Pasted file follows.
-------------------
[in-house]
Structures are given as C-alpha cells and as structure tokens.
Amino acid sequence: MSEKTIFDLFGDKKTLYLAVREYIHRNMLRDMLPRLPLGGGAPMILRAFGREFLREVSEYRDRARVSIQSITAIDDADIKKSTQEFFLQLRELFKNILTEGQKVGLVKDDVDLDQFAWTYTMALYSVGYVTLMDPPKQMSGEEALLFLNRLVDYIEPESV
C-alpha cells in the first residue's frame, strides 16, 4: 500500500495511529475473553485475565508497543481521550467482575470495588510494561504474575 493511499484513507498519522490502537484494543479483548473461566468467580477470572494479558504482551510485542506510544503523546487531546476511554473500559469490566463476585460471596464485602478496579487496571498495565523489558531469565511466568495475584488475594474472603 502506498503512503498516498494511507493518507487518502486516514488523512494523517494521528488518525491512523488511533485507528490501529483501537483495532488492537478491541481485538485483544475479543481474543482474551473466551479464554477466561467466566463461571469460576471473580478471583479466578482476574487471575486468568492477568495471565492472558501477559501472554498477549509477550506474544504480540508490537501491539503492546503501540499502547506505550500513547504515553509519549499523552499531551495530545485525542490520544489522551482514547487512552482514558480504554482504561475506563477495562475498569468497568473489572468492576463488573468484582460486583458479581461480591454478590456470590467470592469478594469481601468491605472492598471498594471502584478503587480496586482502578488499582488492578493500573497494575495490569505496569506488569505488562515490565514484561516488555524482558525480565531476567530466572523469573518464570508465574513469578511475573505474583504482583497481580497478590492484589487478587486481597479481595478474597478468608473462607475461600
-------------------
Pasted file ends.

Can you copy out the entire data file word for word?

[in-house]
Structures are given as C-alpha cells and as structure tokens.
Amino acid sequence: MSEKTIFDLFGDKKTLYLAVREYIHRNMLRDMLPRLPLGGGAPMILRAFGREFLREVSEYRDRARVSIQSITAIDDADIKKSTQEFFLQLRELFKNILTEGQKVGLVKDDVDLDQFAWTYTMALYSVGYVTLMDPPKQMSGEEALLFLNRLVDYIEPESV
C-alpha cells in the first residue's frame, strides 16, 4: 500500500495511529475473553485475565508497543481521550467482575470495588510494561504474575 493511499484513507498519522490502537484494543479483548473461566468467580477470572494479558504482551510485542506510544503523546487531546476511554473500559469490566463476585460471596464485602478496579487496571498495565523489558531469565511466568495475584488475594474472603 502506498503512503498516498494511507493518507487518502486516514488523512494523517494521528488518525491512523488511533485507528490501529483501537483495532488492537478491541481485538485483544475479543481474543482474551473466551479464554477466561467466566463461571469460576471473580478471583479466578482476574487471575486468568492477568495471565492472558501477559501472554498477549509477550506474544504480540508490537501491539503492546503501540499502547506505550500513547504515553509519549499523552499531551495530545485525542490520544489522551482514547487512552482514558480504554482504561475506563477495562475498569468497568473489572468492576463488573468484582460486583458479581461480591454478590456470590467470592469478594469481601468491605472492598471498594471502584478503587480496586482502578488499582488492578493500573497494575495490569505496569506488569505488562515490565514484561516488555524482558525480565531476567530466572523469573518464570508465574513469578511475573505474583504482583497481580497478590492484589487478587486481597479481595478474597478468608473462607475461600